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The Consumer Price Index and Inflation - Graph Components of the CPI

Author(s): 
Elizabeth B. Appelbaum

Inflation rates have been moderate in the past decade, always positive, but never reaching 4%, and generally under 3%. However, prices for some categories have behaved differently from the general CPI.  Figures 13 through 16 were all made on the Web site of the Bureau of Labor Statistics. Each is for 12-month percent change in prices for every month from January 1993 to January 2003.  In order, these graphs represent

  • The CPI itself (Figure 13). This graph may be misleading because the vertical axis does not include 0.

  • Two utilities used in homes: gas and electricity (Figure 14). Notice that this index is much more volatile than the CPI, varying from –9.3% in February 2002 to 21.6% in January 2001.

  • Apparel (Figure 15), which has shown deflation more often than inflation in this period.

  • College tuition and fees (Figure 16) -- note that, as was the case with Figure 13, the vertical axis does not include 0. How do the rates in this category compare with the general CPI? Can you think of a reason the vertical axes in Figures 13 and 16 don't include 0?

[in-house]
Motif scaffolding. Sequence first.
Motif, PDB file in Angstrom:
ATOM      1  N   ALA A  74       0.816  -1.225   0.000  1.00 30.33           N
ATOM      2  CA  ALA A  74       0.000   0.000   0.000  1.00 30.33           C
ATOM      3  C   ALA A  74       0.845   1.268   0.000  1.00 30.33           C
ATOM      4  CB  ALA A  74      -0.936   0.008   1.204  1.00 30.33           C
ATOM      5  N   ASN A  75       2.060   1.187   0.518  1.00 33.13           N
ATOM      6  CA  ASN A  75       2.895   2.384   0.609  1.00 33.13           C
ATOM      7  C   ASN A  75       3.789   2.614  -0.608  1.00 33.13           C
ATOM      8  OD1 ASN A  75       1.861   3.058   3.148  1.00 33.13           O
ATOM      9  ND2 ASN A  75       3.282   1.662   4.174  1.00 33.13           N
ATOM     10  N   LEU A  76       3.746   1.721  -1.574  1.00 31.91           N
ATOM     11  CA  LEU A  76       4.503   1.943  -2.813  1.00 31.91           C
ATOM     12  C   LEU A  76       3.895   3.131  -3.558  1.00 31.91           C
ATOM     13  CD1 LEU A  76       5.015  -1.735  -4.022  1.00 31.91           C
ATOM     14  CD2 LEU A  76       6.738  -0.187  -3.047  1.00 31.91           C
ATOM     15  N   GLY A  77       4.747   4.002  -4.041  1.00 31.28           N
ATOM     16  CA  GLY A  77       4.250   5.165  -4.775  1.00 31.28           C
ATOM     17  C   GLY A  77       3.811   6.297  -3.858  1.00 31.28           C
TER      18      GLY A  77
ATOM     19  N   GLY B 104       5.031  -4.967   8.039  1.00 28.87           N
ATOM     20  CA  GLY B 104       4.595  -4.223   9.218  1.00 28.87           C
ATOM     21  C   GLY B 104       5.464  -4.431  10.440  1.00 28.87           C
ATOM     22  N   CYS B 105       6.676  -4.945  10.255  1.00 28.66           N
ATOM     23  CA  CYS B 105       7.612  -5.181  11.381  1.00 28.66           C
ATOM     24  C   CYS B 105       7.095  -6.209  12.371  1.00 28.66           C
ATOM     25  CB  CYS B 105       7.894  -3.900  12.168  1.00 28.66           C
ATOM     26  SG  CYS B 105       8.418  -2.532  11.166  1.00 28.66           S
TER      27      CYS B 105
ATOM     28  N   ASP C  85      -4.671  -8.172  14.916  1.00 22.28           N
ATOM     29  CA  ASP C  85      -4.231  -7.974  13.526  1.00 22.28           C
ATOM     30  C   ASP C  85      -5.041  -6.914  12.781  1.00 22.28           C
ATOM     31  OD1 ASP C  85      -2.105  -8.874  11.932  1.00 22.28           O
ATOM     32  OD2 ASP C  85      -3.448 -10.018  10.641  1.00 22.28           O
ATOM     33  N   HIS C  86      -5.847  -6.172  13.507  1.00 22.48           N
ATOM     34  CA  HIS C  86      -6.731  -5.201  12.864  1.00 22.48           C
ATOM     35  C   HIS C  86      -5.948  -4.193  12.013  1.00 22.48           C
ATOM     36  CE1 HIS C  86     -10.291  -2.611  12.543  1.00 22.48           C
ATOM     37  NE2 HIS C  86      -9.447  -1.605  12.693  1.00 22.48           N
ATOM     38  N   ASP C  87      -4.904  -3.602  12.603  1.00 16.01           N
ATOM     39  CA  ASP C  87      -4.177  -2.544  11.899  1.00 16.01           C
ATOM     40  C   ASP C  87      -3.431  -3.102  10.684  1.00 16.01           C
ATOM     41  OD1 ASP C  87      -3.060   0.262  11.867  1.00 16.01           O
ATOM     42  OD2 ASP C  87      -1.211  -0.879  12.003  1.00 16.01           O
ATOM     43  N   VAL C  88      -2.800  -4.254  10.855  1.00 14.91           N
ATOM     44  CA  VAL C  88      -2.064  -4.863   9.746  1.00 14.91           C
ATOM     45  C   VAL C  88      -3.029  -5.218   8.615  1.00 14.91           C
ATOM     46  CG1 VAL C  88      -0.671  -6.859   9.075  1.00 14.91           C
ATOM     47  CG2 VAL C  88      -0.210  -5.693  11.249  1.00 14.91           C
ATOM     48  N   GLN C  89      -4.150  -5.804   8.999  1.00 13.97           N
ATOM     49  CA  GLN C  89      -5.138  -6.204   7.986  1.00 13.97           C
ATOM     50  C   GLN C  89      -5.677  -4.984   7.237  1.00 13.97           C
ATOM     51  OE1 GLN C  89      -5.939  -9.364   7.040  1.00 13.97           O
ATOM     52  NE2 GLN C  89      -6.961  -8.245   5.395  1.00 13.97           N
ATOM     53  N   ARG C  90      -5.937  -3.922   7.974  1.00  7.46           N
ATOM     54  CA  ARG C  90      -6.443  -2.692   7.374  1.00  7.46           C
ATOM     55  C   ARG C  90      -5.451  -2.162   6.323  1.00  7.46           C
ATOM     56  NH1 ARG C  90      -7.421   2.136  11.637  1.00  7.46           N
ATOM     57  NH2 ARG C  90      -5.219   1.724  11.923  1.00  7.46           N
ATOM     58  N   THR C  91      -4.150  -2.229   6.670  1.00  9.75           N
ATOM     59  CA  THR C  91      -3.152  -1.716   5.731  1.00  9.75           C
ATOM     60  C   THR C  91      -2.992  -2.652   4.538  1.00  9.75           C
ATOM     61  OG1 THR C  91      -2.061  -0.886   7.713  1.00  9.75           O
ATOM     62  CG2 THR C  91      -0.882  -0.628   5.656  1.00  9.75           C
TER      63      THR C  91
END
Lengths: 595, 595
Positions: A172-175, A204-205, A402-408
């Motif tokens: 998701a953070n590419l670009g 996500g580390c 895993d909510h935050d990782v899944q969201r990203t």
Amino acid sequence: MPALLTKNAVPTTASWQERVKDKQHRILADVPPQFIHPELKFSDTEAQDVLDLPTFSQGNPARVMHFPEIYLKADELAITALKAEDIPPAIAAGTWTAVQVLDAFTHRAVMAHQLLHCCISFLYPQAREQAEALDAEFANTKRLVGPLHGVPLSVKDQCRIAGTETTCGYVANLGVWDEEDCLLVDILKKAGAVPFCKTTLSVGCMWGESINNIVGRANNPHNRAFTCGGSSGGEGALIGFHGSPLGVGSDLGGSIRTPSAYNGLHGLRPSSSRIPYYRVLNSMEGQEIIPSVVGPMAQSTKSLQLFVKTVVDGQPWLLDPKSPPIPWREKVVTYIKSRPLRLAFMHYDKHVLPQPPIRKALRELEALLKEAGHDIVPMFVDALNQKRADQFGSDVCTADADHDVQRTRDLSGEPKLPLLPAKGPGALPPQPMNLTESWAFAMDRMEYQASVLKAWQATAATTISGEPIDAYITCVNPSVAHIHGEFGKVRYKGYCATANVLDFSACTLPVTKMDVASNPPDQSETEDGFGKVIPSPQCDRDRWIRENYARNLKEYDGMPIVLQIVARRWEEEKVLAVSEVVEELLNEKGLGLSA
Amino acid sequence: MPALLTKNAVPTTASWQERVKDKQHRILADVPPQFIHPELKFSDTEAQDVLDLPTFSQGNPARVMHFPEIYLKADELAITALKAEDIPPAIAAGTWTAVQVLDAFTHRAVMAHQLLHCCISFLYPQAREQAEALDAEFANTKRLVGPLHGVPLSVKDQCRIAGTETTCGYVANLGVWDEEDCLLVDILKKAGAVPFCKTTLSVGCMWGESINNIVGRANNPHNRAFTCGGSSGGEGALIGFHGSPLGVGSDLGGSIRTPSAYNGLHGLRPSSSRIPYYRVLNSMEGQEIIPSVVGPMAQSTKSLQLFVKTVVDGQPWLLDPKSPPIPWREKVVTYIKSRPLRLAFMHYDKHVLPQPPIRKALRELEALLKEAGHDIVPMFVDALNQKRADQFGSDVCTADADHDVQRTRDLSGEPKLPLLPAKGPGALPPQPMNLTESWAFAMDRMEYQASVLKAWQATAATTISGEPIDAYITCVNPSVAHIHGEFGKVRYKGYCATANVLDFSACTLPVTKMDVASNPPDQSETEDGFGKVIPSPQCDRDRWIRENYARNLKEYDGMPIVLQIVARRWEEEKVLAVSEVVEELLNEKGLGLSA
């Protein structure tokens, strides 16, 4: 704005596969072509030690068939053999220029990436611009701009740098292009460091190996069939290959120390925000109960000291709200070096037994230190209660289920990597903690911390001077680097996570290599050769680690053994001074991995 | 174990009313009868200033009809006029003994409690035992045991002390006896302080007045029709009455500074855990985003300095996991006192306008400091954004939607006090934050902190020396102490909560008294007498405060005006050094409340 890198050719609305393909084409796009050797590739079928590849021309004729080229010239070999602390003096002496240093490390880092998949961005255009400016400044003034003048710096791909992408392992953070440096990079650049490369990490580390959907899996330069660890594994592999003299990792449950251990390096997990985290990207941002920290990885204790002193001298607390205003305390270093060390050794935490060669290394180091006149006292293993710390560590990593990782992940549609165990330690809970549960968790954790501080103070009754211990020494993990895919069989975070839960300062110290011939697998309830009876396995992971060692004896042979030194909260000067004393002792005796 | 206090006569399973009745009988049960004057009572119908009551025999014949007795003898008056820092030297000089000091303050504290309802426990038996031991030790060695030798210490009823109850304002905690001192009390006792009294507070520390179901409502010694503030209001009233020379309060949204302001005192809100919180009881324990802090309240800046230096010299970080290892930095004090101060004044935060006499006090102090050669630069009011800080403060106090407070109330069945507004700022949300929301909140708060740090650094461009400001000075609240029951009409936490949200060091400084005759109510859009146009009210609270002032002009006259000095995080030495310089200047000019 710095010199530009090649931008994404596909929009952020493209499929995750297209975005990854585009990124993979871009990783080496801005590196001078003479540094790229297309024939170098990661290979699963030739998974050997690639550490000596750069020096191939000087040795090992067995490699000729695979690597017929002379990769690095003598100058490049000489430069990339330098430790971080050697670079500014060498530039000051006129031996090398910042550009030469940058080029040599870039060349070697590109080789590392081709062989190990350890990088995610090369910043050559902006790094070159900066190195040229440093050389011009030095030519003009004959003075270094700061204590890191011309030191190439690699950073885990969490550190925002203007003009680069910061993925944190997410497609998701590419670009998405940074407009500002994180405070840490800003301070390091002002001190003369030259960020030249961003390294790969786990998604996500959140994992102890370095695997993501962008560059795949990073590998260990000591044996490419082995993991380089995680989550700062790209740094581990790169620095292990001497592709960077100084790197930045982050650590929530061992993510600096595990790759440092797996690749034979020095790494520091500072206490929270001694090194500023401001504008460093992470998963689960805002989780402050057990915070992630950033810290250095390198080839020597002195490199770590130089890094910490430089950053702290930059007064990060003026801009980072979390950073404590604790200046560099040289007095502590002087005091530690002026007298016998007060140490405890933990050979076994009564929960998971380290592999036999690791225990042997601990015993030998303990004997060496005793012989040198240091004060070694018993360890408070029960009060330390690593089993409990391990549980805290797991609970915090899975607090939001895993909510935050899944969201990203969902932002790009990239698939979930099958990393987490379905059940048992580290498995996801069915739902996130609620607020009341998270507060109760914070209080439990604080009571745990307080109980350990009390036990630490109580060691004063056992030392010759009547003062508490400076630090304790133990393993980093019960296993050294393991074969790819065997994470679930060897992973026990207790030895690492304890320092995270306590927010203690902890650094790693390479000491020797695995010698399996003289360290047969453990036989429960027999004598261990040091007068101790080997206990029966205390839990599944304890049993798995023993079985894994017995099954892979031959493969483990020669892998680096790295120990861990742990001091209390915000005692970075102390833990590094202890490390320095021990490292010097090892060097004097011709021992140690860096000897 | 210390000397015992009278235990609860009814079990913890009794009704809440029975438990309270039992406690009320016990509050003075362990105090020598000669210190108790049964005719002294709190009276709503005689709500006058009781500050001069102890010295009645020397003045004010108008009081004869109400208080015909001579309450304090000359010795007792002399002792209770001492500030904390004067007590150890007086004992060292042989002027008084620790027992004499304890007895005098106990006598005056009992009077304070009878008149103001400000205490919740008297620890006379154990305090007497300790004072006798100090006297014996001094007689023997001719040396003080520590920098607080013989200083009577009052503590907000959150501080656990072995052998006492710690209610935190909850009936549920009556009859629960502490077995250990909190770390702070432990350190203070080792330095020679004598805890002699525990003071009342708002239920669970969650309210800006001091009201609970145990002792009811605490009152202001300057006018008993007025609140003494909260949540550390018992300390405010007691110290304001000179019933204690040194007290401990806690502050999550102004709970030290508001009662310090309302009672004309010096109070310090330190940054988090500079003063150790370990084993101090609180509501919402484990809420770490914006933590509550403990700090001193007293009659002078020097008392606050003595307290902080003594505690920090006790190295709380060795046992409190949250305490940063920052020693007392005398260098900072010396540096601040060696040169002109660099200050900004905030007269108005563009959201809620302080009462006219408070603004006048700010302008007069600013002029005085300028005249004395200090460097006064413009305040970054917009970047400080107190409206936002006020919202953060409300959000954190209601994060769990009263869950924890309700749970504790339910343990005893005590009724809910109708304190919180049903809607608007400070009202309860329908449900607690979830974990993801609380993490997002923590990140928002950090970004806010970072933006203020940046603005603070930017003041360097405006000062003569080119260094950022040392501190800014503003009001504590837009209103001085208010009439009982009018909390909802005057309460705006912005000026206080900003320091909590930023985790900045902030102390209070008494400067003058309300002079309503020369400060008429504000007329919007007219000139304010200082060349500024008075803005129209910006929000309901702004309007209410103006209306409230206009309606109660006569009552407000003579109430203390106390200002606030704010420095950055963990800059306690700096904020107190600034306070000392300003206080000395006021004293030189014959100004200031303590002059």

Figure 13. Consumer Price Index, 12 Month Percent Change.
Chart from Bureau of Labor Statistics. Accessed May 1, 2003.

 

Figure 14. Utility Prices: Gas (piped) and Electricity, 12 Month Percent Change.
Chart from Bureau of Labor Statistics. Accessed May 1, 2003.

 

Figure 15. Apparel Prices, 12 Month Percent Change.
Chart from Bureau of Labor Statistics. Accessed May 1, 2003.

 

Figure 16. College Tuition and Fees, 12 Month Percent Change.
Chart from Bureau of Labor Statistics. Accessed May 1, 2003.

 

Try getting these graphs and their data tables yourself. As before, go to www.bls.gov, Get Detailed Statistics, CPI—All Urban Consumers (Current Series), and Create Customized tables (One Screen). Then do these steps:

  1. Area U.S. city average.

  2. Select one or more items: All items.

  3. Not Seasonally Adjusted.

  4. Add to Your Selection.

Now go back to Step 2 and click on Gas (piped) and electricity, then Add to Your Selection. Similarly select Apparel and College tuition and fees. Click Retrieve Data.

Go to More Formatting Options. Use the default time range, which yields the 10 most recent years. (For the current year, the most recent month is used.) Use the default All Time Periods. Uncheck Original Data Value. Check 12 Months Percent Change, include graphs, and Retrieve Data.

JOMA

Journal of Online Mathematics and its Applications

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